History Channel // 2010 // 567 Minutes // Not Rated
Reviewed by Judge Victor Valdivia (Retired) // November 5th, 2011
A riveting adventure of how America was invented.
Come gather round, ye children, and listen to a story -- a story of how something remarkable happened! No, I'm not referring to the history of America, but to the history of a show on the History Channel (excuse me, History) that actually has to do with history! There are no loggers, aliens ancient or modern, or ghost hunters anywhere near this show! We, as a society, can rejoice. Okay, so one of the guys from Pawn Stars (which one? Who cares?) shows up to give his opinions on history, but I guess old habits die hard, right, History?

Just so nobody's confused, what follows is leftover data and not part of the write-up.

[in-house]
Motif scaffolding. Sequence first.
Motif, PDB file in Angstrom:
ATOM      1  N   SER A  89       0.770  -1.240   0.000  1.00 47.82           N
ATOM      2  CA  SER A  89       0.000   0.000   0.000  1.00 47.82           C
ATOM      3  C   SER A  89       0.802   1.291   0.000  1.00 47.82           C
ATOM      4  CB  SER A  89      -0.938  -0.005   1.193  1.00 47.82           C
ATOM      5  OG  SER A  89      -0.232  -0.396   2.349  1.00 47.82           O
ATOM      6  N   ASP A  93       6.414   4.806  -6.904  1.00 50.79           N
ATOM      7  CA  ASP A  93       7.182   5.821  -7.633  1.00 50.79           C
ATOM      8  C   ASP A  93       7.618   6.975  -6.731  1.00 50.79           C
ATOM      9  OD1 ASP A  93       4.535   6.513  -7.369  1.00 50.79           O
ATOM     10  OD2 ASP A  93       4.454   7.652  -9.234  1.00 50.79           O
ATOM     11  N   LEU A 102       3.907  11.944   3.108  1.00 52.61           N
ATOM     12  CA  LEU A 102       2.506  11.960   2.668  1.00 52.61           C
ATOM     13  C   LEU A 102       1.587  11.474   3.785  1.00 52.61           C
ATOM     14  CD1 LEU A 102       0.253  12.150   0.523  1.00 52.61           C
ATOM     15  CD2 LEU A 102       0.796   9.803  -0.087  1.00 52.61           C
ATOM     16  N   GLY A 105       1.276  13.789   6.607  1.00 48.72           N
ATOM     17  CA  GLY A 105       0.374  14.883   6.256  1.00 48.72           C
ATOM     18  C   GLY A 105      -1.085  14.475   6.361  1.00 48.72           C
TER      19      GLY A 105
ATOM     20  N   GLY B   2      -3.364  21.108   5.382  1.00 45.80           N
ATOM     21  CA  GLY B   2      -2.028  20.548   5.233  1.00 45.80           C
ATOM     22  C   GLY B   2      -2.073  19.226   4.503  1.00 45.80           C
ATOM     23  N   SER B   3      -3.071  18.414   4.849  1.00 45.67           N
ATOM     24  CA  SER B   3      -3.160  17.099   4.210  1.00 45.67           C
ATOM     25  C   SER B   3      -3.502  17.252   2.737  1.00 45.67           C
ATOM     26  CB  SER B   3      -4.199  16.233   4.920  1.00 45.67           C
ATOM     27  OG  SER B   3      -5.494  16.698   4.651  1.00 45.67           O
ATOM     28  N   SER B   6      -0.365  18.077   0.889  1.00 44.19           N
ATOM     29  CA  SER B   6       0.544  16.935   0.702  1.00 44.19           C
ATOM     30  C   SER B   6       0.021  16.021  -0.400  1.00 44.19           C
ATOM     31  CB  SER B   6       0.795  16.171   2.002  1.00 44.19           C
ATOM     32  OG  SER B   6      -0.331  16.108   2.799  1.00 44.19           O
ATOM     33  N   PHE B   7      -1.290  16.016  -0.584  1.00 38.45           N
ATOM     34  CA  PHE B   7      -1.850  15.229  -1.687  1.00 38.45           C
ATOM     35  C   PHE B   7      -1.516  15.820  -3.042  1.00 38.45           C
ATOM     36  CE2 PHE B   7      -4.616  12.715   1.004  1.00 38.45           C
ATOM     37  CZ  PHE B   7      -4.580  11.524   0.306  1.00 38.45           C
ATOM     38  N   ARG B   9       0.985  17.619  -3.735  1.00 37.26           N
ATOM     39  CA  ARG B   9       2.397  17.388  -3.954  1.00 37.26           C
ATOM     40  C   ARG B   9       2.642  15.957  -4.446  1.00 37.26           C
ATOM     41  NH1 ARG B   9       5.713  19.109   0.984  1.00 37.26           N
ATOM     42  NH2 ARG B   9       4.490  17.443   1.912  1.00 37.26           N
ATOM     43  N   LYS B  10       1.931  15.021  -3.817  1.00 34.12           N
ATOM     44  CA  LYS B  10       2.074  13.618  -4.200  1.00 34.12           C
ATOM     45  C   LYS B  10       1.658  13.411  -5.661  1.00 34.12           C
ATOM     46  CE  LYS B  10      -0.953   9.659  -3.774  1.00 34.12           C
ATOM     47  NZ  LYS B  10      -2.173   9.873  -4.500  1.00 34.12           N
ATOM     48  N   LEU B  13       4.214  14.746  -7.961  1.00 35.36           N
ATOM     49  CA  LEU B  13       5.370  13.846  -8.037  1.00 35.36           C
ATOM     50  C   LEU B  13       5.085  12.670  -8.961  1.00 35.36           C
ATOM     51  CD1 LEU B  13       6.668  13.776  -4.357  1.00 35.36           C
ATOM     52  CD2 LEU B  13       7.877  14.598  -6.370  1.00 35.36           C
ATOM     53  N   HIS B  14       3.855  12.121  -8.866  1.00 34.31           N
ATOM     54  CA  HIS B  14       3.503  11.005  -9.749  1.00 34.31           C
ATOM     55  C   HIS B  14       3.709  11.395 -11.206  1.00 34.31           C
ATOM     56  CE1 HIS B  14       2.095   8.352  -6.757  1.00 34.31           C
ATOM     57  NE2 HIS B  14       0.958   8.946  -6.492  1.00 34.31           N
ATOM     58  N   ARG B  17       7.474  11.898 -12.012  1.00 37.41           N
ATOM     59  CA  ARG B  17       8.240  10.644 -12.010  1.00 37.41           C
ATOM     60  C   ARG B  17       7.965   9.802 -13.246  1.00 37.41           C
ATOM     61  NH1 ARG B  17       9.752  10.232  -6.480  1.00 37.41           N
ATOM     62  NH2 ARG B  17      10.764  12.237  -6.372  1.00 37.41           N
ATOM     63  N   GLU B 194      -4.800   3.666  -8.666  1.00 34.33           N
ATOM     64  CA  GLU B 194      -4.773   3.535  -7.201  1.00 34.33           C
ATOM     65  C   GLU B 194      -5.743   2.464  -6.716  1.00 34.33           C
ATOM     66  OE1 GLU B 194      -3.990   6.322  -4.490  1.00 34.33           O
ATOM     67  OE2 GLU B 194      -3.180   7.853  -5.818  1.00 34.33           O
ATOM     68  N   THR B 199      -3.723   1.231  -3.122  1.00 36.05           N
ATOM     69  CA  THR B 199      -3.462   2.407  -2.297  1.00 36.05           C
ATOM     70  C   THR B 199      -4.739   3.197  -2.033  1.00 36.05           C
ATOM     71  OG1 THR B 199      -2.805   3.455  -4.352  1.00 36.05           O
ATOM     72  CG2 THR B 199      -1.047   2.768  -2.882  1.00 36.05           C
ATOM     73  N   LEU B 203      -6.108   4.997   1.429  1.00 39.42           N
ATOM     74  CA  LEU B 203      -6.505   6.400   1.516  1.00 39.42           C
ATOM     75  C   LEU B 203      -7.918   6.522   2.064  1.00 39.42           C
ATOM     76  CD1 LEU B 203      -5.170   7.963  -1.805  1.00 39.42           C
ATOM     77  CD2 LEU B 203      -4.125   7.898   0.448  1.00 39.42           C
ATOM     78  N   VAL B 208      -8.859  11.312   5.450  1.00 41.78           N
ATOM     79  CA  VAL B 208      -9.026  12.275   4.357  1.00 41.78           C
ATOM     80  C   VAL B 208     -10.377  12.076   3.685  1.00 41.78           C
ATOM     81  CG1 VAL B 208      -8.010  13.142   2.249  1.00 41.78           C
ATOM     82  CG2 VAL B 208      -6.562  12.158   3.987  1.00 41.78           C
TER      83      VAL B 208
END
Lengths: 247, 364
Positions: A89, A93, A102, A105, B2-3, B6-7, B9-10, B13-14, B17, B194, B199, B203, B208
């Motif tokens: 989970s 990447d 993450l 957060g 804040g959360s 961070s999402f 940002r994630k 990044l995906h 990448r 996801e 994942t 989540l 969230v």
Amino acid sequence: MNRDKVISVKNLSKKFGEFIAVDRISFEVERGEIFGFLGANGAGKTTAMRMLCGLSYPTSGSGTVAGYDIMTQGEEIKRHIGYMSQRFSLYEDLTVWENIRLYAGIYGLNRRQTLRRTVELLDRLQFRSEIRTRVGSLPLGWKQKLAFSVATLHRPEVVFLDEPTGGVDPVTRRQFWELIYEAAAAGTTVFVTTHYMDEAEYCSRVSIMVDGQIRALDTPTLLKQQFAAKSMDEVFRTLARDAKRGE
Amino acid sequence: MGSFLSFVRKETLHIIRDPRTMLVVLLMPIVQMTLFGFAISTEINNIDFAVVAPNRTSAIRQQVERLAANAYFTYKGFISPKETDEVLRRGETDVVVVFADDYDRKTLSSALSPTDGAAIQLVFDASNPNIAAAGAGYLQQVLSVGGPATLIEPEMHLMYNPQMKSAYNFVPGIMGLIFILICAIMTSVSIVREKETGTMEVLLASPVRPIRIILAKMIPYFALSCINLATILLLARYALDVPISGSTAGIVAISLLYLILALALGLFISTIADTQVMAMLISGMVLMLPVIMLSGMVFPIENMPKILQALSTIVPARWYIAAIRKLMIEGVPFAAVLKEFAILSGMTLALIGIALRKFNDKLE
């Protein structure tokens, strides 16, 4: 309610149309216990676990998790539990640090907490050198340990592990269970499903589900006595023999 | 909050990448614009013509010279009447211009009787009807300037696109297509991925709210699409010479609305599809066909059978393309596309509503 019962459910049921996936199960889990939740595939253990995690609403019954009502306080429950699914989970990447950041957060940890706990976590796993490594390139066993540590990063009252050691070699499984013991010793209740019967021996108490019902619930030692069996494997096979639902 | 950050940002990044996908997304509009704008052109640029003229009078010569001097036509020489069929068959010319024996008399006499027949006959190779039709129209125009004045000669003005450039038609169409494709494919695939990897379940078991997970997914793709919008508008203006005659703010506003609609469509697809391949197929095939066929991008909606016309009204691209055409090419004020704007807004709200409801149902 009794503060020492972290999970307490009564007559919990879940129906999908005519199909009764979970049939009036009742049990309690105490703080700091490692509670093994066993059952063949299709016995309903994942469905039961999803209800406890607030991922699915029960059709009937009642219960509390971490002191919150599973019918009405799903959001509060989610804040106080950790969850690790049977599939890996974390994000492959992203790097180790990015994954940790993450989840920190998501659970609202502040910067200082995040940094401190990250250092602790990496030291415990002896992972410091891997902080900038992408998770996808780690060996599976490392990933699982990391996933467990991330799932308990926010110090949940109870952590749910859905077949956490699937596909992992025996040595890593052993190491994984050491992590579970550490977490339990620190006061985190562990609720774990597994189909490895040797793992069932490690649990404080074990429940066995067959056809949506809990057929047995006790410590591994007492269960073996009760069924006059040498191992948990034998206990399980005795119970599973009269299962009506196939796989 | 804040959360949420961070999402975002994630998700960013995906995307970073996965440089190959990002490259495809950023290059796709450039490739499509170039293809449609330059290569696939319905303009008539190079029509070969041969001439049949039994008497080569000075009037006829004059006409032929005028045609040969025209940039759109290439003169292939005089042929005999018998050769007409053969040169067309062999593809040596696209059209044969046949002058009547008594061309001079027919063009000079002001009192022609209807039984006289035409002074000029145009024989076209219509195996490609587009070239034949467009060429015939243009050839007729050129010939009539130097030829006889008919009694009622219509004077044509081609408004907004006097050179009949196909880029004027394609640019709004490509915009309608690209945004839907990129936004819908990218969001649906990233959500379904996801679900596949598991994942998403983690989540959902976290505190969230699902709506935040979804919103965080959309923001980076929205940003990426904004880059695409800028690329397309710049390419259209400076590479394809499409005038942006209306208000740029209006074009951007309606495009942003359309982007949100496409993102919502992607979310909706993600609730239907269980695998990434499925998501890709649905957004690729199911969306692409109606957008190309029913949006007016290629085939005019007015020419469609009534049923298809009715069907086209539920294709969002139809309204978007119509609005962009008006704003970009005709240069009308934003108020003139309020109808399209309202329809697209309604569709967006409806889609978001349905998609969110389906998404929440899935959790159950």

But lo, what's this? Is it still a typically sensationalist History presentation? Bestill my heart, children, it is! Because the interviewees here include only the finest experts on American history you can name! Michael Douglas! Newt Gingrich! Donald Trump! Melissa Etheridge! The guy who started Wikipedia! One of the blowhards from Fox News! (No, not Bill O'Reilly-the other one. No, the other one.) Children, believe me when I tell you, I just don't see how you can miss with such an enlightened lineup! Why, real historians are old and musty and, more importantly, lack glamour! After all, nothing enhances your knowledge of our shared past like learning just what Donald Trump thinks about the 1929 economic crash (spoiler alert: he didn't like it). I'm guessing Snooki wasn't available, and the Insane Clown Posse declined to appear because they thought this series was "beneath" them.